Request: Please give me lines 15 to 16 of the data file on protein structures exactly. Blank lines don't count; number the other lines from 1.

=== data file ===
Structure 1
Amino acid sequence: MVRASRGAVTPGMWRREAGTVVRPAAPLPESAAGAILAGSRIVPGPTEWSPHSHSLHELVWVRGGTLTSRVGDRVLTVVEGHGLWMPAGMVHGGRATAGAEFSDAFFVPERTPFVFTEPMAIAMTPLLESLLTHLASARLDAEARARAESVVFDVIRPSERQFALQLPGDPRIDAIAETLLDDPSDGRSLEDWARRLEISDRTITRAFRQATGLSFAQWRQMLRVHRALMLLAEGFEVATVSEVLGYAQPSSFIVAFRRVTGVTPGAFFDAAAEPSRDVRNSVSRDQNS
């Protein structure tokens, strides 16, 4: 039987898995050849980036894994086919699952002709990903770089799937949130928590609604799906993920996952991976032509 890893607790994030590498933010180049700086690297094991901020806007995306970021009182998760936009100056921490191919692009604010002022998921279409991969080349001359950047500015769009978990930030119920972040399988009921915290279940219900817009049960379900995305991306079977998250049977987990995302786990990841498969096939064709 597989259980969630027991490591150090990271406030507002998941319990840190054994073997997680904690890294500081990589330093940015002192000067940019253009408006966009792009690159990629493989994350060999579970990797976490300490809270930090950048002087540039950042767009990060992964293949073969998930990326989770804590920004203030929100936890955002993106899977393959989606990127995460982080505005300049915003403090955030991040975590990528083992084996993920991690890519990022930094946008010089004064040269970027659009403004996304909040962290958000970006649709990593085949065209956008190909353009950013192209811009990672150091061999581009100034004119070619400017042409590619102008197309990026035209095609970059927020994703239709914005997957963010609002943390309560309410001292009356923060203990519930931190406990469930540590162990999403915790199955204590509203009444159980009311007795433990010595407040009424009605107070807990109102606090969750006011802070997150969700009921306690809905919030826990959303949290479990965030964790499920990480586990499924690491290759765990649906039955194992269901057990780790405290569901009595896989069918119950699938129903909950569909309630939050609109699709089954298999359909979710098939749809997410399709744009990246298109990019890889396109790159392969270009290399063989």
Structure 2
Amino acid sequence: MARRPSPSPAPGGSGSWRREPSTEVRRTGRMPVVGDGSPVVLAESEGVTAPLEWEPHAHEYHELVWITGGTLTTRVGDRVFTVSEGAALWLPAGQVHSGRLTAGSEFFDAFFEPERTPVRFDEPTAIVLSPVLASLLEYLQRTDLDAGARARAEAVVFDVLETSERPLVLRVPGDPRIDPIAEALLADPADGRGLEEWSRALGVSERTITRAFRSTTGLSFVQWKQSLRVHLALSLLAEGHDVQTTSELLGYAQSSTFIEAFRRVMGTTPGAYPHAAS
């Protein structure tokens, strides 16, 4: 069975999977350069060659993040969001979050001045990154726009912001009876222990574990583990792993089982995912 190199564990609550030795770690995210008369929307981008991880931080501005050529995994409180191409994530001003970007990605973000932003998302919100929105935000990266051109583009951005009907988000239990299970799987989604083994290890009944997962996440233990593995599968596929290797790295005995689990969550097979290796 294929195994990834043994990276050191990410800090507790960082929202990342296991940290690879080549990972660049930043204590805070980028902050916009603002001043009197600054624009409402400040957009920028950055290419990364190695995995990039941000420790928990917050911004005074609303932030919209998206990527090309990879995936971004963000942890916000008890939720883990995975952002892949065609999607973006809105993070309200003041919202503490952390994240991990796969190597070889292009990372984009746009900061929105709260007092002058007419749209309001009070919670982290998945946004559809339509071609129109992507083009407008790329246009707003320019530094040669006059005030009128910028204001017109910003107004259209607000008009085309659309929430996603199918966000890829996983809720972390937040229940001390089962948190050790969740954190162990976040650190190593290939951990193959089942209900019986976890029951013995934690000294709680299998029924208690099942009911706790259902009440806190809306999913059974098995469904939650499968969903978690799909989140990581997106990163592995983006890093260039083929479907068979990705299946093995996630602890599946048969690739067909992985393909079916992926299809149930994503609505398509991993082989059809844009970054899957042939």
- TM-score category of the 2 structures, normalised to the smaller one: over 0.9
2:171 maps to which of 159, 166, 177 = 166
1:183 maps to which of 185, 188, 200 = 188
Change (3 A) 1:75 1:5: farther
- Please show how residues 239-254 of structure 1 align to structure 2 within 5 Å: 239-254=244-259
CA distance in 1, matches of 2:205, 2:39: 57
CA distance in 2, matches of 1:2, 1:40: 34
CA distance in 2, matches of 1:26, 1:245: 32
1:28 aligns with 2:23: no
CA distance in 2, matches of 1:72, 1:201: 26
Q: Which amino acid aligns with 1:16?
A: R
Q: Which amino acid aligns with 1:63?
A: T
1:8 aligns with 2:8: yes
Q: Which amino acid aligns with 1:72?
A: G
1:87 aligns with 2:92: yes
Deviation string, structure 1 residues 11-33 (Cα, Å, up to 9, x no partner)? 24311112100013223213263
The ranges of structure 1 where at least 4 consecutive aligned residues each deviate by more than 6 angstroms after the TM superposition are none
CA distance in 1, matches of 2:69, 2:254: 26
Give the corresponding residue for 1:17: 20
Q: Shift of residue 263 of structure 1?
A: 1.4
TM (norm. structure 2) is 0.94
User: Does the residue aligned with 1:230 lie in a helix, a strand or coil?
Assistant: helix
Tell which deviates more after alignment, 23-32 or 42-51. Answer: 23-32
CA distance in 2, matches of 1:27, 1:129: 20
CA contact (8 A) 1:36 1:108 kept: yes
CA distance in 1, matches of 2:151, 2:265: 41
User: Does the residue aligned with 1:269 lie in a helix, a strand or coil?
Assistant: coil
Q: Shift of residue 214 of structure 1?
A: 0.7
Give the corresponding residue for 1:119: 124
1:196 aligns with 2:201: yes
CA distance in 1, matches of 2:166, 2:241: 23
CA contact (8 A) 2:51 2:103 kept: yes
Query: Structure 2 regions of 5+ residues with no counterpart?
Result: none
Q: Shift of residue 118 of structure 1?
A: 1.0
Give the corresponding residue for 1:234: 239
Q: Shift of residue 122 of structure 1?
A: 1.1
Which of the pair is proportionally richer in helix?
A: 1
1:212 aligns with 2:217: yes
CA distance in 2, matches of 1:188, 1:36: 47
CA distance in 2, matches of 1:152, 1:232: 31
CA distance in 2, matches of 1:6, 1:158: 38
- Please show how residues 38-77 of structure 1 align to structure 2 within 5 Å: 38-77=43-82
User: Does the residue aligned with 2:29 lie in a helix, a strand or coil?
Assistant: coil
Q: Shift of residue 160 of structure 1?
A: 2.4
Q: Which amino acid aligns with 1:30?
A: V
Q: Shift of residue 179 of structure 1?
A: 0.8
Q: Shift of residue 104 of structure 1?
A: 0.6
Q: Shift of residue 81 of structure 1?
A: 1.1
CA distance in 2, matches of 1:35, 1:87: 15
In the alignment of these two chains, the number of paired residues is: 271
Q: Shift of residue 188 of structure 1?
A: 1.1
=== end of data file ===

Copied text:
1:28 aligns with 2:23: no
CA distance in 2, matches of 1:72, 1:201: 26